There must be very good reasons why Battlefront are going down this road and these are outlined in the article.
The biggest benefit is the cost – we can produce flexible plastic figures almost 40% cheaper than metal equivalent, and this will be reflected in the price, which is surely good news for everyone!
Cheaper models are always nice, but cost is just one factor amongst many when it comes to choosing models to wargame with. Personally I think it’s a backward retro step, time to ensure I have enough metal models in the cupboard. I don’t mind paying the extra.
When I was young, before I started this wargaming lark, I use to make up plastic kits. In the main these were the pocket money kits I could buy from my local model shop and these were manufactured by Airfix and Matchbox. I recall preferring the Matchbox kits as they came with a piece of scenery.
As I paint more Flames of War models, and read the FoW sourcebooks, read books on World War Two, use the internet, I have started to realise how much my knowledge of World War Two vehicles and armour has been skewed by making those plastic kits all those years ago. They have also influenced what models I am buying and which ones I like.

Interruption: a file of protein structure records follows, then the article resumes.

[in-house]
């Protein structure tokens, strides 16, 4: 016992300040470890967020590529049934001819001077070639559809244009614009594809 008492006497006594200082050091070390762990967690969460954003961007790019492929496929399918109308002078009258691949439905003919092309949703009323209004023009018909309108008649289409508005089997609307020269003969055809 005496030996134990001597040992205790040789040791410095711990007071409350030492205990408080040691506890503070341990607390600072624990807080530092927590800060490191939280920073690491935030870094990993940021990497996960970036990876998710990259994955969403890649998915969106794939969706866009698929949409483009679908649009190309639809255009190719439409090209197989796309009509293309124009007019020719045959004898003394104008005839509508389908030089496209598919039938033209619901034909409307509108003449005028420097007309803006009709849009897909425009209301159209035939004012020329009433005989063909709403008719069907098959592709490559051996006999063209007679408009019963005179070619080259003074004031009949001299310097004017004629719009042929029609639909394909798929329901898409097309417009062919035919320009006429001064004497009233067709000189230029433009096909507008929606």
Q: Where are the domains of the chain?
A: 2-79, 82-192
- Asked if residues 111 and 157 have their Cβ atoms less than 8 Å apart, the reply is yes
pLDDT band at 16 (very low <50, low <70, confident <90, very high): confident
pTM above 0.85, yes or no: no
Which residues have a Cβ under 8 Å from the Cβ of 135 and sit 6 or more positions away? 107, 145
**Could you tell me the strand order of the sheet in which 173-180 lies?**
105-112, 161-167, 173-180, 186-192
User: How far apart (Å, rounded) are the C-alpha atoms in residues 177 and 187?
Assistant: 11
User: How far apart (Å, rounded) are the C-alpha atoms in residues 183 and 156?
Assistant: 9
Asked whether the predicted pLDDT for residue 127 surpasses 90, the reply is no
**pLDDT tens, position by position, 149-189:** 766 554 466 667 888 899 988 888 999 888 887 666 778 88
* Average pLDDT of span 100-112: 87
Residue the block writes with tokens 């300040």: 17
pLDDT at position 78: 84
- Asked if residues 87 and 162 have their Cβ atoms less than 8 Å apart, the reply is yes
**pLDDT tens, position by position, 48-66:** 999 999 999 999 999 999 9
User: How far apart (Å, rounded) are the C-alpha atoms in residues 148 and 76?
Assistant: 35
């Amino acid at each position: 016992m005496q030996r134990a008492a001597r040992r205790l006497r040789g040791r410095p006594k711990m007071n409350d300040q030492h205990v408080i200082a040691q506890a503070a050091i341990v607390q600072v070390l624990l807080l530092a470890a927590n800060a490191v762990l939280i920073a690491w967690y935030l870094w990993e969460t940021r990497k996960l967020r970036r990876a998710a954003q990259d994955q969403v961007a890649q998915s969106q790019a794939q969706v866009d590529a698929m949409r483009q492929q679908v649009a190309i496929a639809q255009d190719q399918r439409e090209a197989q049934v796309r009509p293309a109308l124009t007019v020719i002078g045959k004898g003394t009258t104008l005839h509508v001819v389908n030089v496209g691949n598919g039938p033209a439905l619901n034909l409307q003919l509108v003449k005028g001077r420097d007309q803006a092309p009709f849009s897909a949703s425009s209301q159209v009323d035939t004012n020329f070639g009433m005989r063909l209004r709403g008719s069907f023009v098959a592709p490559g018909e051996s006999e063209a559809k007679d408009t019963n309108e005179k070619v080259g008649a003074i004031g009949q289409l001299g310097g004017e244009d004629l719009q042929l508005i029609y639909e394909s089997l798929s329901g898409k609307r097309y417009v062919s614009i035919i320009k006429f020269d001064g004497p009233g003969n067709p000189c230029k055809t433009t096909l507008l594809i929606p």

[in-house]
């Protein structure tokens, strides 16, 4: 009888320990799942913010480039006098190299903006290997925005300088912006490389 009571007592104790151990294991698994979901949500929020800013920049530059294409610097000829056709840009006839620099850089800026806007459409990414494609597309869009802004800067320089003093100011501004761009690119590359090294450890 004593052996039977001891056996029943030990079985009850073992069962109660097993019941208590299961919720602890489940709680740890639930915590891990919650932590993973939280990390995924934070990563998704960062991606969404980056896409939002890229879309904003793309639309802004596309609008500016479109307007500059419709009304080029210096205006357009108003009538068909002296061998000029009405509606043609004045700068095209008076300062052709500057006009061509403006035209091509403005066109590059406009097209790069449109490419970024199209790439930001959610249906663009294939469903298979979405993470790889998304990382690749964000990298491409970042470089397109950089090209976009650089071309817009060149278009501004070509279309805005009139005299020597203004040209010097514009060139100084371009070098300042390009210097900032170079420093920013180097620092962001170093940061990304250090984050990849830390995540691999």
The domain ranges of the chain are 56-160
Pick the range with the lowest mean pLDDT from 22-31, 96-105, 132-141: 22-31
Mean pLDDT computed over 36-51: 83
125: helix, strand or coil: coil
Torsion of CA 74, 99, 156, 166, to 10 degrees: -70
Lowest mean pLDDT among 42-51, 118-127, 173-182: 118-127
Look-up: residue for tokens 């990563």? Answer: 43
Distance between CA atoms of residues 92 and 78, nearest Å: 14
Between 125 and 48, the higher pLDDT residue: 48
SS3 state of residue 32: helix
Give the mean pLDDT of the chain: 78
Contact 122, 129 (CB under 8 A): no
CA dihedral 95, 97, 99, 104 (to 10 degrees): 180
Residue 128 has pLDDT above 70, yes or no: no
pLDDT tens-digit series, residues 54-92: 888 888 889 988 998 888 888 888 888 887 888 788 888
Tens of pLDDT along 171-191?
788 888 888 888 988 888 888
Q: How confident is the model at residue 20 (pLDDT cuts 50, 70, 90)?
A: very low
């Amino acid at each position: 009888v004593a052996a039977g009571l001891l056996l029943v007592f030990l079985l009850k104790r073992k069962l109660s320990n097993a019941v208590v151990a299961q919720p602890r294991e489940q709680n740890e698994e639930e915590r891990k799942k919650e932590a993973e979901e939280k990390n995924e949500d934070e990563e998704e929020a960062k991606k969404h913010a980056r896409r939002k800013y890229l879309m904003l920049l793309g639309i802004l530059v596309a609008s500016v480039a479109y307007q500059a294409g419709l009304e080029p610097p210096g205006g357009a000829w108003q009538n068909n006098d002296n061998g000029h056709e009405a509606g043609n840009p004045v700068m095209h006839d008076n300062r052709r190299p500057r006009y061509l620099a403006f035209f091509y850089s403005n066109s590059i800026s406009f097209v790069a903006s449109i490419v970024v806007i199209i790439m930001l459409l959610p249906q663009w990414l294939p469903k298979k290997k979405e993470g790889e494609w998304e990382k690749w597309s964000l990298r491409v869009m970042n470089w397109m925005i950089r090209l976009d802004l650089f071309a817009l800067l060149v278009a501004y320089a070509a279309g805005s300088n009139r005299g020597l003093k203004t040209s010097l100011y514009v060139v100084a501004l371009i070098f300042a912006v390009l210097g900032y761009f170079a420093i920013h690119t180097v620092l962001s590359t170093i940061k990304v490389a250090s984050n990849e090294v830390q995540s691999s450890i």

So for example I am building an Early War French force for Flames of War. I am adamant that I have some Char B1 bis and the Renault FT-17. Less concerned about the Somau S-35 or the Hotchkiss tanks.
Similarily when looking for trucks for my German forces, who wants an Opel Blitz when you can have the Krupp Kfz 70 which is very similar to the Matchbox Krupp Kfz 69.
I think the only reason I have Cromwells in my Late War British force is that I had those thirty years ago in my 6mm Heroics and Ros World War Two force. Of course this year Airfix will be releasing a 1:76th scale Cromwell.
I recently bought a three pack of Dingo scout cars and I am sure that the Monty’s Caravan kit was a big influence on this purchase. Question, can I get a 15mm Monty’s Caravan?
Looking back over the old Matchbox and Airfix ranges you see some classic tanks and armoured vehicles and other military vehicles. It is these that I look at when buying new models for Flames of War.